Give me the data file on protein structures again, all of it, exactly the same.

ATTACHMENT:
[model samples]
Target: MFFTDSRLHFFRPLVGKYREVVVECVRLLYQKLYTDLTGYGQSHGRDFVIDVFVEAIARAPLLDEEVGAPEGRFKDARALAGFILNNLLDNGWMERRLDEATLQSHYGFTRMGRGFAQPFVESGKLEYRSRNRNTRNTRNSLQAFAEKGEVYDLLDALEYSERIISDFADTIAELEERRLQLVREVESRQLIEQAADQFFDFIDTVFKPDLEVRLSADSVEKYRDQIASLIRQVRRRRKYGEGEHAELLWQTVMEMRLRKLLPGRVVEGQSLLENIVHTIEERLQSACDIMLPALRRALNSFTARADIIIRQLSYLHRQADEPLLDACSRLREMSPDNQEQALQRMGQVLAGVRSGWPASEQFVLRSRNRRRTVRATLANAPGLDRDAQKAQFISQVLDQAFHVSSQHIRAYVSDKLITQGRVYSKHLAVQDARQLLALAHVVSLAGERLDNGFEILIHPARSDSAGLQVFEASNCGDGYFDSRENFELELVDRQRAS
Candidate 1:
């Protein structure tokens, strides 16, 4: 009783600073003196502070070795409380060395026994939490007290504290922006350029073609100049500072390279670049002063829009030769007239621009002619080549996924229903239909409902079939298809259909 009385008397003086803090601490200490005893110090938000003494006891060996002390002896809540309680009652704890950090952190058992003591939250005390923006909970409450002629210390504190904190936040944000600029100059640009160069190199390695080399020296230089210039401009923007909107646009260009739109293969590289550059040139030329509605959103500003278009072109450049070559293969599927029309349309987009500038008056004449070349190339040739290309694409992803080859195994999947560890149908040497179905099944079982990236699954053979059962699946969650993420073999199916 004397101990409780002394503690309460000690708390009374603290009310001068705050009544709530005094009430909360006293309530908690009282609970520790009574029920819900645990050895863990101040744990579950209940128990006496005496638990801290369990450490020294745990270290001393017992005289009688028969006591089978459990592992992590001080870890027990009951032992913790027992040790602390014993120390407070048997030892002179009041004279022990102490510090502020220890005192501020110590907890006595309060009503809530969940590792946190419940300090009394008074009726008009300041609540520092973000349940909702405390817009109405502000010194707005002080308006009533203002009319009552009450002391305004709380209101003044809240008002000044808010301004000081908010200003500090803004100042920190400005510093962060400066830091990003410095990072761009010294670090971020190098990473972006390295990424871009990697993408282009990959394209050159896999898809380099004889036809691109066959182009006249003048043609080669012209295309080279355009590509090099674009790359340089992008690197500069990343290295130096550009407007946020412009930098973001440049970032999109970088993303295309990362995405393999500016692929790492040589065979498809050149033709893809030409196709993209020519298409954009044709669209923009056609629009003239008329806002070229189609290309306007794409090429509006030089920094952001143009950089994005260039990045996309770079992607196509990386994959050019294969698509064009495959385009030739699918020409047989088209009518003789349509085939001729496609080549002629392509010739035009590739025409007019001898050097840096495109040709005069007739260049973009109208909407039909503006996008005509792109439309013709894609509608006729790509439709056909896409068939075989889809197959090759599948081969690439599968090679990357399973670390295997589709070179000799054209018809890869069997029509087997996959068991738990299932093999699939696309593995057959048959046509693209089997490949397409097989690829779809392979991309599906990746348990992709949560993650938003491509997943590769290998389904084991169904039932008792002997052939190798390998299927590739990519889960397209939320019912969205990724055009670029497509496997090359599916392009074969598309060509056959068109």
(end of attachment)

[model samples]
Target: MFFTDSRLHFFRPLVGKYREVVVECVRLLYQKLYTDLTGYGQSHGRDFVIDVFVEAIARAPLLDEEVGAPEGRFKDARALAGFILNNLLDNGWMERRLDEATLQSHYGFTRMGRGFAQPFVESGKLEYRSRNRNTRNTRNSLQAFAEKGEVYDLLDALEYSERIISDFADTIAELEERRLQLVREVESRQLIEQAADQFFDFIDTVFKPDLEVRLSADSVEKYRDQIASLIRQVRRRRKYGEGEHAELLWQTVMEMRLRKLLPGRVVEGQSLLENIVHTIEERLQSACDIMLPALRRALNSFTARADIIIRQLSYLHRQADEPLLDACSRLREMSPDNQEQALQRMGQVLAGVRSGWPASEQFVLRSRNRRRTVRATLANAPGLDRDAQKAQFISQVLDQAFHVSSQHIRAYVSDKLITQGRVYSKHLAVQDARQLLALAHVVSLAGERLDNGFEILIHPARSDSAGLQVFEASNCGDGYFDSRENFELELVDRQRAS
Candidate 1:
């Protein structure tokens, strides 16, 4: 009783600073003196502070070795409380060395026994939490007290504290922006350029073609100049500072390279670049002063829009030769007239621009002619080549996924229903239909409902079939298809259909 009385008397003086803090601490200490005893110090938000003494006891060996002390002896809540309680009652704890950090952190058992003591939250005390923006909970409450002629210390504190904190936040944000600029100059640009160069190199390695080399020296230089210039401009923007909107646009260009739109293969590289550059040139030329509605959103500003278009072109450049070559293969599927029309349309987009500038008056004449070349190339040739290309694409992803080859195994999947560890149908040497179905099944079982990236699954053979059962699946969650993420073999199916 004397101990409780002394503690309460000690708390009374603290009310001068705050009544709530005094009430909360006293309530908690009282609970520790009574029920819900645990050895863990101040744990579950209940128990006496005496638990801290369990450490020294745990270290001393017992005289009688028969006591089978459990592992992590001080870890027990009951032992913790027992040790602390014993120390407070048997030892002179009041004279022990102490510090502020220890005192501020110590907890006595309060009503809530969940590792946190419940300090009394008074009726008009300041609540520092973000349940909702405390817009109405502000010194707005002080308006009533203002009319009552009450002391305004709380209101003044809240008002000044808010301004000081908010200003500090803004100042920190400005510093962060400066830091990003410095990072761009010294670090971020190098990473972006390295990424871009990697993408282009990959394209050159896999898809380099004889036809691109066959182009006249003048043609080669012209295309080279355009590509090099674009790359340089992008690197500069990343290295130096550009407007946020412009930098973001440049970032999109970088993303295309990362995405393999500016692929790492040589065979498809050149033709893809030409196709993209020519298409954009044709669209923009056609629009003239008329806002070229189609290309306007794409090429509006030089920094952001143009950089994005260039990045996309770079992607196509990386994959050019294969698509064009495959385009030739699918020409047989088209009518003789349509085939001729496609080549002629392509010739035009590739025409007019001898050097840096495109040709005069007739260049973009109208909407039909503006996008005509792109439309013709894609509608006729790509439709056909896409068939075989889809197959090759599948081969690439599968090679990357399973670390295997589709070179000799054209018809890869069997029509087997996959068991738990299932093999699939696309593995057959048959046509693209089997490949397409097989690829779809392979991309599906990746348990992709949560993650938003491509997943590769290998389904084991169904039932008792002997052939190798390998299927590739990519889960397209939320019912969205990724055009670029497509496997090359599916392009074969598309060509056959068109």